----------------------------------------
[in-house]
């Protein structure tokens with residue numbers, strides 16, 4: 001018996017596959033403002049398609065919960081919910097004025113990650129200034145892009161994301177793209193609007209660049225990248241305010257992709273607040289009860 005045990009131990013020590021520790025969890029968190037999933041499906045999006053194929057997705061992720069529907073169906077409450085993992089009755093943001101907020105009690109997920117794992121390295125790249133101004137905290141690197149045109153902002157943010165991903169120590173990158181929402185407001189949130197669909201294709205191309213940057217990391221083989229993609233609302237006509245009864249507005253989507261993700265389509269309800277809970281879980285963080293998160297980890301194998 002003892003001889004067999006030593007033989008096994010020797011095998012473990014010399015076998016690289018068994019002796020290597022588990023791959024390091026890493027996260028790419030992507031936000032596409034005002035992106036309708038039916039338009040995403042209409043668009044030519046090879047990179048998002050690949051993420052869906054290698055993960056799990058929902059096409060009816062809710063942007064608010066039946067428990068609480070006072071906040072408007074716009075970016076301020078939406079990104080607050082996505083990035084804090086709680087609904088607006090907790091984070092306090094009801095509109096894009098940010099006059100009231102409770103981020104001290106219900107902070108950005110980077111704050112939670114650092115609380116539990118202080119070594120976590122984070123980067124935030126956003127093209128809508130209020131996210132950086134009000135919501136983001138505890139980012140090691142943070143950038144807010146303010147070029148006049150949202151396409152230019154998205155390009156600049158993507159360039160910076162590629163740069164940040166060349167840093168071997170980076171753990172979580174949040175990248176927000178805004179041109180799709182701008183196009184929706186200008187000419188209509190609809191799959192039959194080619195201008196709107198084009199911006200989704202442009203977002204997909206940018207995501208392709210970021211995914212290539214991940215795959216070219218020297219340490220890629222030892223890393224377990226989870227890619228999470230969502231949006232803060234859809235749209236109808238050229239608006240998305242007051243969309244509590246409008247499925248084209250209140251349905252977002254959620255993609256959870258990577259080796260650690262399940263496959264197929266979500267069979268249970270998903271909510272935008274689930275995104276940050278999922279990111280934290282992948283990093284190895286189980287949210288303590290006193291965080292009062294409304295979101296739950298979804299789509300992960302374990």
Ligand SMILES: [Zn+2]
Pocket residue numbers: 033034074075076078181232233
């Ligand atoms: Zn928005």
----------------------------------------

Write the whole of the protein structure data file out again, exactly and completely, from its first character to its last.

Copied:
[in-house]
């Protein structure tokens with residue numbers, strides 16, 4: 001018996017596959033403002049398609065919960081919910097004025113990650129200034145892009161994301177793209193609007209660049225990248241305010257992709273607040289009860 005045990009131990013020590021520790025969890029968190037999933041499906045999006053194929057997705061992720069529907073169906077409450085993992089009755093943001101907020105009690109997920117794992121390295125790249133101004137905290141690197149045109153902002157943010165991903169120590173990158181929402185407001189949130197669909201294709205191309213940057217990391221083989229993609233609302237006509245009864249507005253989507261993700265389509269309800277809970281879980285963080293998160297980890301194998 002003892003001889004067999006030593007033989008096994010020797011095998012473990014010399015076998016690289018068994019002796020290597022588990023791959024390091026890493027996260028790419030992507031936000032596409034005002035992106036309708038039916039338009040995403042209409043668009044030519046090879047990179048998002050690949051993420052869906054290698055993960056799990058929902059096409060009816062809710063942007064608010066039946067428990068609480070006072071906040072408007074716009075970016076301020078939406079990104080607050082996505083990035084804090086709680087609904088607006090907790091984070092306090094009801095509109096894009098940010099006059100009231102409770103981020104001290106219900107902070108950005110980077111704050112939670114650092115609380116539990118202080119070594120976590122984070123980067124935030126956003127093209128809508130209020131996210132950086134009000135919501136983001138505890139980012140090691142943070143950038144807010146303010147070029148006049150949202151396409152230019154998205155390009156600049158993507159360039160910076162590629163740069164940040166060349167840093168071997170980076171753990172979580174949040175990248176927000178805004179041109180799709182701008183196009184929706186200008187000419188209509190609809191799959192039959194080619195201008196709107198084009199911006200989704202442009203977002204997909206940018207995501208392709210970021211995914212290539214991940215795959216070219218020297219340490220890629222030892223890393224377990226989870227890619228999470230969502231949006232803060234859809235749209236109808238050229239608006240998305242007051243969309244509590246409008247499925248084209250209140251349905252977002254959620255993609256959870258990577259080796260650690262399940263496959264197929266979500267069979268249970270998903271909510272935008274689930275995104276940050278999922279990111280934290282992948283990093284190895286189980287949210288303590290006193291965080292009062294409304295979101296739950298979804299789509300992960302374990």
Ligand SMILES: [Zn+2]
Pocket residue numbers: 033034074075076078181232233
């Ligand atoms: Zn928005």